(SOUNDBITE OF MUSIC)
AILSA CHANG, HOST:
It's Friday, and that means time for StoryCorps. Today's story started 20 years ago when Sylvia Bullock was raising two kids on her own near Washington, D.C. Her teenage son, Marcus, stole a car. And although he was 15 years old, Marcus was tried as an adult. He served eight years in prison.
MARCUS BULLOCK: That long road trip on that prison bus, it was like three or four hours. The whole time I'm mentally preparing myself for warfare.
SYLVIA BULLOCK: Survival.
M. BULLOCK: Yeah. How did you cope with being a minister with a son in prison?
S. BULLOCK: You know, here you are trying to help everybody else, and you can't even minister to your own because I felt, like, what could I have done differently? And how did I not see it?
M. BULLOCK: I think that you did everything that you possibly could. You kept me in church Monday through Sunday.
S. BULLOCK: OK, well, being in church and being engaged with what you're doing there is two different things.
M. BULLOCK: What was life like at home while I was gone?
S. BULLOCK: Well, initially, it was a real sense of feeling alone. And I stopped cooking dinner. But what kept me truly alive and focused was being able to write you.
M. BULLOCK: The letters were everything. The way that you wrote six, seven, eight-page letters to me, I would picture you writing and how your hands would be moving across the paper. You were really baring your soul to me. Before then, it was always like, hey, I'm your mom. Go put shoes on. Hurry up. Let's go to church.
S. BULLOCK: I remember, you know, talking to the wardens like...
M. BULLOCK: You were such a mom. What mother calls to the prison and talks to the warden?
S. BULLOCK: (Laughter).
M. BULLOCK: Like, this is not a guidance counselor in college.
S. BULLOCK: (Laughter) I was, like, I need to talk to the warden, and you need to know that my son is here. He's only 15.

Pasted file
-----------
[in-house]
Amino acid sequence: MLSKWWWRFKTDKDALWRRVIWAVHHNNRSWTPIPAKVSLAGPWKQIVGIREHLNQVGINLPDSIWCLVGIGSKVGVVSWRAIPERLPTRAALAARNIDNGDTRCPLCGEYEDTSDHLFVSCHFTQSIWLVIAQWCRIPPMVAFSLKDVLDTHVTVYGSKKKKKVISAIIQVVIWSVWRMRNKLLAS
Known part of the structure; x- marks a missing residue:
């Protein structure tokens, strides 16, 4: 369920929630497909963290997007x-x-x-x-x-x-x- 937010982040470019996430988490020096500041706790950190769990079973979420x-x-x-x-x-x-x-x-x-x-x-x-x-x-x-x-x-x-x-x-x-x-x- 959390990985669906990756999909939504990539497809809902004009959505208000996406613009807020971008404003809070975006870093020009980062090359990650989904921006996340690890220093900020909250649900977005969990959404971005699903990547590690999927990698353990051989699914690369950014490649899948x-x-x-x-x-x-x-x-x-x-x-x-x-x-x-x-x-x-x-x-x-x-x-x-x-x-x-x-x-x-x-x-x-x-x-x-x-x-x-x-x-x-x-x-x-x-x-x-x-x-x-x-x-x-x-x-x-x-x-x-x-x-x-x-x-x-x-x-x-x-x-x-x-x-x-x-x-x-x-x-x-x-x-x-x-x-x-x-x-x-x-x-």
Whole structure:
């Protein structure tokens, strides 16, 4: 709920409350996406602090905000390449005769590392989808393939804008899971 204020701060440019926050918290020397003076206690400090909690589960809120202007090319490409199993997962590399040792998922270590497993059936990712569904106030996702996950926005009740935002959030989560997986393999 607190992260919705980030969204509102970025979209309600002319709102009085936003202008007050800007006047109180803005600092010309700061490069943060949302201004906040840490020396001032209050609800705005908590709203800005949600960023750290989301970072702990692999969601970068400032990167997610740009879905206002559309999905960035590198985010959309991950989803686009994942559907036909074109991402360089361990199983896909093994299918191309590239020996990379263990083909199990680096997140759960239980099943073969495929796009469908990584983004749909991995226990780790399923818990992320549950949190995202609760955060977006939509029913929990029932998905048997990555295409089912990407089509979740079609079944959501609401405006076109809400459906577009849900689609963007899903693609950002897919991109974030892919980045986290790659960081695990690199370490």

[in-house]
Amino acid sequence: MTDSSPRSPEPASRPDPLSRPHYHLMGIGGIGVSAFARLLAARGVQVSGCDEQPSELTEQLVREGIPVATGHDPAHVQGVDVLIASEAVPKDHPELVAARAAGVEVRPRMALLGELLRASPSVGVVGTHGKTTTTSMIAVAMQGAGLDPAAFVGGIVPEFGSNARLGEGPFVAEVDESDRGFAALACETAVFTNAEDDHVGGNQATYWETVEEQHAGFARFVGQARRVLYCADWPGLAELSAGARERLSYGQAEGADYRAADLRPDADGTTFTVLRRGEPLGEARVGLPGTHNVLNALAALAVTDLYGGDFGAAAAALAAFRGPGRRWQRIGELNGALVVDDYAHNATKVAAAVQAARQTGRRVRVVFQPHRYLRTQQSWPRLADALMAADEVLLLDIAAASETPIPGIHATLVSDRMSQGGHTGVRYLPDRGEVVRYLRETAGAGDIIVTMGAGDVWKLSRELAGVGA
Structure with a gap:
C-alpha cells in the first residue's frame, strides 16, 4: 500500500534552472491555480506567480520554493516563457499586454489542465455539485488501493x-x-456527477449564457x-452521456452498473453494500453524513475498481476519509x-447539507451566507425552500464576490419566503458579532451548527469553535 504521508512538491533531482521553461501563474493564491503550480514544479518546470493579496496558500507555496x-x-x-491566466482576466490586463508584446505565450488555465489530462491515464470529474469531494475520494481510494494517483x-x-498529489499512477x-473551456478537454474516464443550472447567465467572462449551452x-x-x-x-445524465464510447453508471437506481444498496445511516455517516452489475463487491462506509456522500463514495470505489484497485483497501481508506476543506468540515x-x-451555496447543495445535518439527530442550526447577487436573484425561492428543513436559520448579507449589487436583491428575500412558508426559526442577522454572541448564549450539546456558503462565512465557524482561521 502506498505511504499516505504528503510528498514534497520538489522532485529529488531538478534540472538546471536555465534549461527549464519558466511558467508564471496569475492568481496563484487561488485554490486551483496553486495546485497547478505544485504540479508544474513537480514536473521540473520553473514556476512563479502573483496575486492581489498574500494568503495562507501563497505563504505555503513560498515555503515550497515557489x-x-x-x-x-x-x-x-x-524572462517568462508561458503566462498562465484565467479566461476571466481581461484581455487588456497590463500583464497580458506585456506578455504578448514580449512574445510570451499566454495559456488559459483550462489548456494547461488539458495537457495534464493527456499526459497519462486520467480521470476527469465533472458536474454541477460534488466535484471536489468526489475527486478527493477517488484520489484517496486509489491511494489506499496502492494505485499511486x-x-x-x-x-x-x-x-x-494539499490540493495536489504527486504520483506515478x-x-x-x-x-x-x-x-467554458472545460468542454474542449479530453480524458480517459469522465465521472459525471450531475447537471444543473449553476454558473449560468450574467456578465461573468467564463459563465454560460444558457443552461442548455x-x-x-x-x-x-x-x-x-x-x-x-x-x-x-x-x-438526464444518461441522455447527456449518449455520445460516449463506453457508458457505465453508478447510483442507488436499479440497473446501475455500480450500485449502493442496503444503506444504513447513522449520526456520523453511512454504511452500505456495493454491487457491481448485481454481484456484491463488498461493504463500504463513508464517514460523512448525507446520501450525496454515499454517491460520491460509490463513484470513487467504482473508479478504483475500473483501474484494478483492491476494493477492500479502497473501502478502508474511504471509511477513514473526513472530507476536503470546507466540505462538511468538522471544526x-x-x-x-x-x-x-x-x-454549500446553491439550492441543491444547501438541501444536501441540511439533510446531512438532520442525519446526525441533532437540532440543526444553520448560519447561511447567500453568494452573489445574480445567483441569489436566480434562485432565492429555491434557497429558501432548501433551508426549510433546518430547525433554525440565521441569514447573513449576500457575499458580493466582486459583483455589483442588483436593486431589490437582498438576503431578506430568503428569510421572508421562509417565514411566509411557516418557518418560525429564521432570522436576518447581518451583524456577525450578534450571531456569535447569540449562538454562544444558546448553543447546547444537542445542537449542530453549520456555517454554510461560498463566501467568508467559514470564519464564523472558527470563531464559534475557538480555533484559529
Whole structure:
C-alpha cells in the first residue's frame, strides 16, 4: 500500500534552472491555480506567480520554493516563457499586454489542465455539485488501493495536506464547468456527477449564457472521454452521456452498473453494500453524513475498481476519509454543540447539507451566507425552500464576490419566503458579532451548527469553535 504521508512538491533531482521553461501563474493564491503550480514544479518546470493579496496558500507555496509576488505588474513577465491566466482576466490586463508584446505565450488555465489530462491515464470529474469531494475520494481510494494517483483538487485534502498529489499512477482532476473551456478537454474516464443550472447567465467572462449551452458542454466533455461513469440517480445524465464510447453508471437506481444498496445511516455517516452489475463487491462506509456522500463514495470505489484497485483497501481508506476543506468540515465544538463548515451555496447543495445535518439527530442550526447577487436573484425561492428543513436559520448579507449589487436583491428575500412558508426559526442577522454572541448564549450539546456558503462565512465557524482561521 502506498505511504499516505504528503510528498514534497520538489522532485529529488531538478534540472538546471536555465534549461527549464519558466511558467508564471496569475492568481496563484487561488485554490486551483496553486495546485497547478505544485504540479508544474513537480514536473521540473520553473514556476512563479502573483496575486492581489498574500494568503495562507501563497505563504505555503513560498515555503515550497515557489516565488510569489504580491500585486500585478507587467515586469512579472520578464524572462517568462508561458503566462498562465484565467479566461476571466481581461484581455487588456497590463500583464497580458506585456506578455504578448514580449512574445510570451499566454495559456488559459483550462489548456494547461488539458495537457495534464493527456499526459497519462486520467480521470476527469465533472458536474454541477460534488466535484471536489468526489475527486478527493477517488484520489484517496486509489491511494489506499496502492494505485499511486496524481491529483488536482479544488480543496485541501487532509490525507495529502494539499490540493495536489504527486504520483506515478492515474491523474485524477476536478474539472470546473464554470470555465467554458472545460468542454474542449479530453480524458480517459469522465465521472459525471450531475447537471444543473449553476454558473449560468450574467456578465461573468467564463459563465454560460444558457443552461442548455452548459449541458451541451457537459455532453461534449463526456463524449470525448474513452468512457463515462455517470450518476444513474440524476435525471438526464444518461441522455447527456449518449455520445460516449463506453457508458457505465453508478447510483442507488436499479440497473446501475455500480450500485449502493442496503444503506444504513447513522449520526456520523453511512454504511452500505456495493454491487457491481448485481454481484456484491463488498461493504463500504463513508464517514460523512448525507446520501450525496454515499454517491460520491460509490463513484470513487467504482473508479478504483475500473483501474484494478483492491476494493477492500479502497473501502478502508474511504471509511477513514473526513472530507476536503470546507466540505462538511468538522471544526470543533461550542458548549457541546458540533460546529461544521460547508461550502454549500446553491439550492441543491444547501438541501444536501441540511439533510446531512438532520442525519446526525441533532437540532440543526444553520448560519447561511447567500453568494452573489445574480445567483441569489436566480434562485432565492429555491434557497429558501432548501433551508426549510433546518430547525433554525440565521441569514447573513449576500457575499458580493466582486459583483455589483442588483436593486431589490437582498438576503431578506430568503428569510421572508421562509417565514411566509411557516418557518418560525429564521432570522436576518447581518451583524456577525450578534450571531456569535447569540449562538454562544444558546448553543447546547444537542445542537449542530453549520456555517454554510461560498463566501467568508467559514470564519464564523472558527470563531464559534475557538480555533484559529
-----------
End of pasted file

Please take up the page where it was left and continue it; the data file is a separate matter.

M. BULLOCK: You became less of my authority figure mom and became more of my caring and concerned mom. That's what kept me alive because a year out here is not the same thing as a year in there. A year in there was just the same day every day, over and over and over again. And because they sent me to these prisons where people had so much more time than I had to serve - in my mind, I'm like, I got eight years. Oh, my gosh, what am I going to do?
But in their mind, they're like, I potentially may die in prison. You're going to go home one day. Why are you acting like you have my kind of time? Do your eight years, go home and make us proud. Like, if you can't make it out there, then none of us can make it. So when you look at me today, what do you see?
S. BULLOCK: I see a young man who said that I'm going to change the world. I see a man who loves his children and his wife. And I'm thankful that you have grown up to be the person that you are today.
M. BULLOCK: I'm honored to be able to say that I had that direction from you and you being a mom in my life, so...
S. BULLOCK: I love you, too.
M. BULLOCK: ...Thank you.
S. BULLOCK: (Laughter).
M. BULLOCK: I love you, Mom.
S. BULLOCK: Love you.
CHANG: Marcus Bullock with his mom, Reverend Sylvia Bullock, at StoryCorps in Washington, D.C. After his release, Marcus created an app to make it easier for inmates and their families to stay in touch. He now runs a tech company, and his mother is one of his employees. This conversation will be archived at the Library of Congress.
(SOUNDBITE OF BILLY TAYLOR TRIO'S "I WISH I KNEW (HOW IT WOULD FEEL TO BE FREE)") Transcript provided by NPR, Copyright NPR.